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About the Author

980 Points, 3 Comments, and 9 Articles.

Seth sometimes writes words, and every once in a while a few of those words will go together to become something worth reading. He is passionate about video games, music, stories, synergy between those three, and writing silly awkward third-person autobiographies. He creeps around Twitter an unhealthy amount.

  1. Chris Perkins
    Date: September 16, 2013
    Author: Chris Perkins

    10180 Points, 126 Comments, and 176 Articles.

    Very well put. I agree up to a point- basically if a hypothetical developer was just generally a bit of a jerk that’s one thing, but there are times when I think it is appropriate to boycott someone… To use examples outside gaming: Mel Gibson (massive racist/misogynist) or Orson Scott Card (massive homophobe).

    • Date: September 16, 2013

      1830 Points, 21 Comments, and 21 Articles.

      I agree with Chris. Yeah, Phil Fish might be a tremendously opinionated, egotistical jerk, but it’s not like he’s advocating for something like Card or Gibson. I’ve played Fez as well and I thought bringing the third dimension into the traditional platformer genre was innovative and that the quirky playfulness of the game made it an enjoyable experience, but I’m definitely turned off by Fish’s attiudes.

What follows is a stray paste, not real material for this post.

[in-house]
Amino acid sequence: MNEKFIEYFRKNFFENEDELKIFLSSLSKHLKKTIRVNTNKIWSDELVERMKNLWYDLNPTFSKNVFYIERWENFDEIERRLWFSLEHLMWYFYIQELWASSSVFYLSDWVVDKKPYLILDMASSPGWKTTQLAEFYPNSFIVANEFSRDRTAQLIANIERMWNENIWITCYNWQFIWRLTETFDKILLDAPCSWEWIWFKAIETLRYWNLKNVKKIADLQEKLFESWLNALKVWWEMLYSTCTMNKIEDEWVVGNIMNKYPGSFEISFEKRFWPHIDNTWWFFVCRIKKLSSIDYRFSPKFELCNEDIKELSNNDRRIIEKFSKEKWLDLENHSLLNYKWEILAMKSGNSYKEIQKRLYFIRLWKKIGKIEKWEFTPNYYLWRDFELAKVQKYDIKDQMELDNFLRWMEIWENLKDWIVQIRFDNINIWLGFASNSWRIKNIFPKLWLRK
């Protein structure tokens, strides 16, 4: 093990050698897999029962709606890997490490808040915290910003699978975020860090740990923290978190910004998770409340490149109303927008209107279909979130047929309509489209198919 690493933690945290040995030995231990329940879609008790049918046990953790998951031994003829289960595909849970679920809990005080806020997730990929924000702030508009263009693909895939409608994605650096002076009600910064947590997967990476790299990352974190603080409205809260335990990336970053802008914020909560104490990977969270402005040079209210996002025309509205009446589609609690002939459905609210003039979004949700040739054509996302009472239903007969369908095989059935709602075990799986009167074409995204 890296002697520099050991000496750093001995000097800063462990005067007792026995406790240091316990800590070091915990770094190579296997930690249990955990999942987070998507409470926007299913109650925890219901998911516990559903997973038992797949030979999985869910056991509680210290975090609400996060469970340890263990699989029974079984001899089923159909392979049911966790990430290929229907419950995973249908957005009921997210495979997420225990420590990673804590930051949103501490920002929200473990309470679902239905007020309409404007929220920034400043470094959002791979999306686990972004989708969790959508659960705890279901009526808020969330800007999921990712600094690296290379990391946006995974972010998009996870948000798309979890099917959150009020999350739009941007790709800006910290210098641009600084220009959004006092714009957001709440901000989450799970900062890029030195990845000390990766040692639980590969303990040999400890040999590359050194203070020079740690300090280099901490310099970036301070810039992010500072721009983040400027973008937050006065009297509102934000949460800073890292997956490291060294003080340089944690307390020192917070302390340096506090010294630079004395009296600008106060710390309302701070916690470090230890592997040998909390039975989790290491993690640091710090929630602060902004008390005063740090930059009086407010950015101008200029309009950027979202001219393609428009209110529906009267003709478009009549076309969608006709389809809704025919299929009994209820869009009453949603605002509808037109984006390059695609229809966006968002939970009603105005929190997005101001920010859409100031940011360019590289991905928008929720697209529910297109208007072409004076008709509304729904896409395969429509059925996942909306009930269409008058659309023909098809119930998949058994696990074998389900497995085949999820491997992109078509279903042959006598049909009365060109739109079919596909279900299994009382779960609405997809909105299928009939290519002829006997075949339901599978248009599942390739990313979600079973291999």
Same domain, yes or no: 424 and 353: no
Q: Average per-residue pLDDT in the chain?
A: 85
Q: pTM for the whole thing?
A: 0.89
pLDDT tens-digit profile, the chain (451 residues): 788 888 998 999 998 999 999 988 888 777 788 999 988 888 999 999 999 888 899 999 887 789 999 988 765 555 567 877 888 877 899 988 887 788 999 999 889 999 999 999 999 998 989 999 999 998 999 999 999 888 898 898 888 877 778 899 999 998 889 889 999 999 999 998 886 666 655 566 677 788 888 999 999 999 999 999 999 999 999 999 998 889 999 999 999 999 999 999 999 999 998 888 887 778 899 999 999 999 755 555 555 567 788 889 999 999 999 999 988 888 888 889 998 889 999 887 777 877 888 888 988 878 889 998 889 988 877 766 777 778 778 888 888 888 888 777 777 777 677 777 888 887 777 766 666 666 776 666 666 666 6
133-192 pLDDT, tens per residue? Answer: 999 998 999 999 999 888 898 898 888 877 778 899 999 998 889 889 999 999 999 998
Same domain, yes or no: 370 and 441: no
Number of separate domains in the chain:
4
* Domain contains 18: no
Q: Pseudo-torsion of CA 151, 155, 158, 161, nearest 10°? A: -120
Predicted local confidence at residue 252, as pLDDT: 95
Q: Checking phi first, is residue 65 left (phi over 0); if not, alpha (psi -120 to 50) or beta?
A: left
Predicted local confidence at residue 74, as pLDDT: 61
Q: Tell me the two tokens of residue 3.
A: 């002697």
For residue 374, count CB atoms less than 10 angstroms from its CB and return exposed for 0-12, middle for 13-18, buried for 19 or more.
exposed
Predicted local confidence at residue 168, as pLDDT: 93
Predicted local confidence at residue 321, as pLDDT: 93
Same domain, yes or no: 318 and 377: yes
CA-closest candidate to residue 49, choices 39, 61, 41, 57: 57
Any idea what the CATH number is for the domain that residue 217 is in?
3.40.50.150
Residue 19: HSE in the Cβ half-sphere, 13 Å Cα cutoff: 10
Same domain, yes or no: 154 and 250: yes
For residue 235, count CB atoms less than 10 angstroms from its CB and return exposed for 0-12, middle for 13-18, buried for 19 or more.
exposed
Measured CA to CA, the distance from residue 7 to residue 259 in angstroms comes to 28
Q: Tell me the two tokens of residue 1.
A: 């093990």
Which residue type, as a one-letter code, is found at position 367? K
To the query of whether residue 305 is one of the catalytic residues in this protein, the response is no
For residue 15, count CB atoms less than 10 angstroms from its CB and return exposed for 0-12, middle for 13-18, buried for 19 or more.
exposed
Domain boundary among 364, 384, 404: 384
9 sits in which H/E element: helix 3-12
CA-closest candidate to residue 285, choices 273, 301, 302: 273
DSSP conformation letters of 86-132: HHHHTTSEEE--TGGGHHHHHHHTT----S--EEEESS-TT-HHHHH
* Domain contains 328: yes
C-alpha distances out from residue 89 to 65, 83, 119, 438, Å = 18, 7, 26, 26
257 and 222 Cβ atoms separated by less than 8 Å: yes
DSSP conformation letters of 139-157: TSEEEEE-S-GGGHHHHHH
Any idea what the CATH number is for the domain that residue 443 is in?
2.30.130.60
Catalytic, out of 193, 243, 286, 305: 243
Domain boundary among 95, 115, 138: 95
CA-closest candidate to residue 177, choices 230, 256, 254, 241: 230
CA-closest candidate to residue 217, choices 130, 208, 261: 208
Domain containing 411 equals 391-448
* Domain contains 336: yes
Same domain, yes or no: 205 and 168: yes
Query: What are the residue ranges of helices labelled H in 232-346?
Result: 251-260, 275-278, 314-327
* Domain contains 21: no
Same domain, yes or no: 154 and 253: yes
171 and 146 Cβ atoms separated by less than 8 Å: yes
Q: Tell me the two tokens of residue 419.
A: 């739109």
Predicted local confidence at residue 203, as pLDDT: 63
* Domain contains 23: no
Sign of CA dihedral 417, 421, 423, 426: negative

Fish is never going to be taken seriously as a game developer if he can’t speak and act professionally. I think this is what bothers me the worst – this is the same guy that tweeted jubilantly that he wanted people to “choke on” his schvantz. It’s that kind of behavior I don’t want to reward with continued patronage of his games, ya know?

      • KSeth
        Date: September 16, 2013
        Author: seth-kellen

        980 Points, 3 Comments, and 9 Articles.

        I feel like if you’ve worked your ass off like Fish did to get his game out there, you’re pretty much cleared to say whatever you want, particularly in response (as what you mentioned specifically was) to internet commenters essentially abusing the man.

        My point was, it doesn’t matter. The game should stand as its own thing, and the person behind it should be able to have is own identity, independently.

        • Date: September 16, 2013
          Author: ryanjohnson

          5490 Points, 93 Comments, and 4 Articles.

          I think there are many unique personalities other than just the 1 dick on twitter. If we’re talking about a big game, with 100 people working on the game, then it’s safe to say that it’s the collaborative effort of many people and their personalities.

          But I definitely think the game is a close part of who those people are and how they think and feel. I think people really love or hate a game based on that, and that reputation gives certain games a community of dedicated individuals that will buy any game they make because they love the minds of the people who makes them.